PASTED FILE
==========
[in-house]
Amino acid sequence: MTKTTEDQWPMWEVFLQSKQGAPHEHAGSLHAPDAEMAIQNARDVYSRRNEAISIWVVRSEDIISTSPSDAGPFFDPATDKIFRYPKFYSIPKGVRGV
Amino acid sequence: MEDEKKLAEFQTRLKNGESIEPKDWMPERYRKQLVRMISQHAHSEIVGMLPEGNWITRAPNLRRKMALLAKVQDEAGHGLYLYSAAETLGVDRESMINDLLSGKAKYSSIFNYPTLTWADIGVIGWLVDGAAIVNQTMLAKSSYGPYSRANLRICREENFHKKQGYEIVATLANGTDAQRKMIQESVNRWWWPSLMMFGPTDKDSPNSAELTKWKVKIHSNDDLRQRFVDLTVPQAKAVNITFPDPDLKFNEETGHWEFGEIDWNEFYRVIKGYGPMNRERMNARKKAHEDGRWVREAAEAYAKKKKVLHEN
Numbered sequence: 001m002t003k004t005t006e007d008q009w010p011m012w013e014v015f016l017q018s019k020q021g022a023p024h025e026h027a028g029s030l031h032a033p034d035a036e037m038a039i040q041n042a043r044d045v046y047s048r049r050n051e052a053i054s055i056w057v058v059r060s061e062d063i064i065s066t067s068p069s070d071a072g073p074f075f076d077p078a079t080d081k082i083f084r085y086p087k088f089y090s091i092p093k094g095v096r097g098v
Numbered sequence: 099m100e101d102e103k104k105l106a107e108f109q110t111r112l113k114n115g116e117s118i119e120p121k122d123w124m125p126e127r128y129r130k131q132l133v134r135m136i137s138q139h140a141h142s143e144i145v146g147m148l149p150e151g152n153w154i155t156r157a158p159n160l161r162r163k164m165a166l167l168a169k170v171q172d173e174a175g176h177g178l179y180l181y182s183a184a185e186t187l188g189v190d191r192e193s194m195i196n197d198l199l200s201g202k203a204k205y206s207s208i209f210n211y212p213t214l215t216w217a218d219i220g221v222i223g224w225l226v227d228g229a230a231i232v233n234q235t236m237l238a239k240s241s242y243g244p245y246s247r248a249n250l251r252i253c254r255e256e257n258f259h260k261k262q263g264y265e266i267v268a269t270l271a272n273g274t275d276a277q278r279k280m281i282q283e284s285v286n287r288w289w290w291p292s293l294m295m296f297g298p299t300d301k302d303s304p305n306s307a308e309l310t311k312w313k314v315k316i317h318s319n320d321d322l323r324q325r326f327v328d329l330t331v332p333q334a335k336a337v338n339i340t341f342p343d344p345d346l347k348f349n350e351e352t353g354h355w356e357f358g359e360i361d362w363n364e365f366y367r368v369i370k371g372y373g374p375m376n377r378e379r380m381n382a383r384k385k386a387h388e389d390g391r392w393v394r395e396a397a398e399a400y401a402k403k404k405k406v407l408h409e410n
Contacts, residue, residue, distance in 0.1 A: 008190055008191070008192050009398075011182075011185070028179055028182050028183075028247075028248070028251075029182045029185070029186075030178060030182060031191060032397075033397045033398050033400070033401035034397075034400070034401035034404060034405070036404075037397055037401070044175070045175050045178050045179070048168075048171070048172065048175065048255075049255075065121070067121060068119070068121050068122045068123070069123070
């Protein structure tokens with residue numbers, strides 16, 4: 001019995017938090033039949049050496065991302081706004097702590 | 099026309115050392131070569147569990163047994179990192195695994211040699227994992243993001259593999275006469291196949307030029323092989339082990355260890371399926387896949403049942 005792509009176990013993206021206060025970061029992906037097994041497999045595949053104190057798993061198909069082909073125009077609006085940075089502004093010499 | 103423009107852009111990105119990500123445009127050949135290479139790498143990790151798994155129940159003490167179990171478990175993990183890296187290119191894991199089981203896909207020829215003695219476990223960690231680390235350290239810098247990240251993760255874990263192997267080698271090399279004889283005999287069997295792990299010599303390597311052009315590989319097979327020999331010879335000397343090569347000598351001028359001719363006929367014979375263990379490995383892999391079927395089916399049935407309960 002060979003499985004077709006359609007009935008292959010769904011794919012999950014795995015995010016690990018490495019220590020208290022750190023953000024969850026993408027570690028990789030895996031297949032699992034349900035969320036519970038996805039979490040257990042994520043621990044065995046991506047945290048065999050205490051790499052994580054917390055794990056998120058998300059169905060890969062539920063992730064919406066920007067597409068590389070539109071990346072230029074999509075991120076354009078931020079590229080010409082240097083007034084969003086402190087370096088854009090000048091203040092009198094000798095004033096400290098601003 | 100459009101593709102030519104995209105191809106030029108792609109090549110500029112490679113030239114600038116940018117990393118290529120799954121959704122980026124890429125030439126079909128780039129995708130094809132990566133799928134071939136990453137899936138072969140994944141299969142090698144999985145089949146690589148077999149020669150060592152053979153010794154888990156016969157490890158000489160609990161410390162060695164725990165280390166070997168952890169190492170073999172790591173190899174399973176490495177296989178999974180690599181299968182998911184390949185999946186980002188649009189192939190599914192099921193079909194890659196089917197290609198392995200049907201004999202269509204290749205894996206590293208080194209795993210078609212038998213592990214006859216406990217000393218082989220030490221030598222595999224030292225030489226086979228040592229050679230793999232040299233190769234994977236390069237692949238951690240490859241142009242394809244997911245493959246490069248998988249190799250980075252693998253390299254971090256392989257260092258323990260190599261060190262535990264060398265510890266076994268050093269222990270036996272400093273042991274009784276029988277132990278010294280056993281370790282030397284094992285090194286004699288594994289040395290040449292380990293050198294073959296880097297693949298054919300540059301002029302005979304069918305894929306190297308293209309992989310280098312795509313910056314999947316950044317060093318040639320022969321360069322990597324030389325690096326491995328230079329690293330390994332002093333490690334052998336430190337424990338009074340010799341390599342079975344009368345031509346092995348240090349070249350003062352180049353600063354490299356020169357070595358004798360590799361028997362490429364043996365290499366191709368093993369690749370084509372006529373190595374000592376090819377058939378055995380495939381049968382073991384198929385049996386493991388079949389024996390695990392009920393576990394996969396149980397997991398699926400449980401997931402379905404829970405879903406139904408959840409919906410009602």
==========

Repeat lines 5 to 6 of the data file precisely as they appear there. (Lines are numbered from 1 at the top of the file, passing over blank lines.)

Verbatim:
Numbered sequence: 099m100e101d102e103k104k105l106a107e108f109q110t111r112l113k114n115g116e117s118i119e120p121k122d123w124m125p126e127r128y129r130k131q132l133v134r135m136i137s138q139h140a141h142s143e144i145v146g147m148l149p150e151g152n153w154i155t156r157a158p159n160l161r162r163k164m165a166l167l168a169k170v171q172d173e174a175g176h177g178l179y180l181y182s183a184a185e186t187l188g189v190d191r192e193s194m195i196n197d198l199l200s201g202k203a204k205y206s207s208i209f210n211y212p213t214l215t216w217a218d219i220g221v222i223g224w225l226v227d228g229a230a231i232v233n234q235t236m237l238a239k240s241s242y243g244p245y246s247r248a249n250l251r252i253c254r255e256e257n258f259h260k261k262q263g264y265e266i267v268a269t270l271a272n273g274t275d276a277q278r279k280m281i282q283e284s285v286n287r288w289w290w291p292s293l294m295m296f297g298p299t300d301k302d303s304p305n306s307a308e309l310t311k312w313k314v315k316i317h318s319n320d321d322l323r324q325r326f327v328d329l330t331v332p333q334a335k336a337v338n339i340t341f342p343d344p345d346l347k348f349n350e351e352t353g354h355w356e357f358g359e360i361d362w363n364e365f366y367r368v369i370k371g372y373g374p375m376n377r378e379r380m381n382a383r384k385k386a387h388e389d390g391r392w393v394r395e396a397a398e399a400y401a402k403k404k405k406v407l408h409e410n
Contacts, residue, residue, distance in 0.1 A: 008190055008191070008192050009398075011182075011185070028179055028182050028183075028247075028248070028251075029182045029185070029186075030178060030182060031191060032397075033397045033398050033400070033401035034397075034400070034401035034404060034405070036404075037397055037401070044175070045175050045178050045179070048168075048171070048172065048175065048255075049255075065121070067121060068119070068121050068122045068123070069123070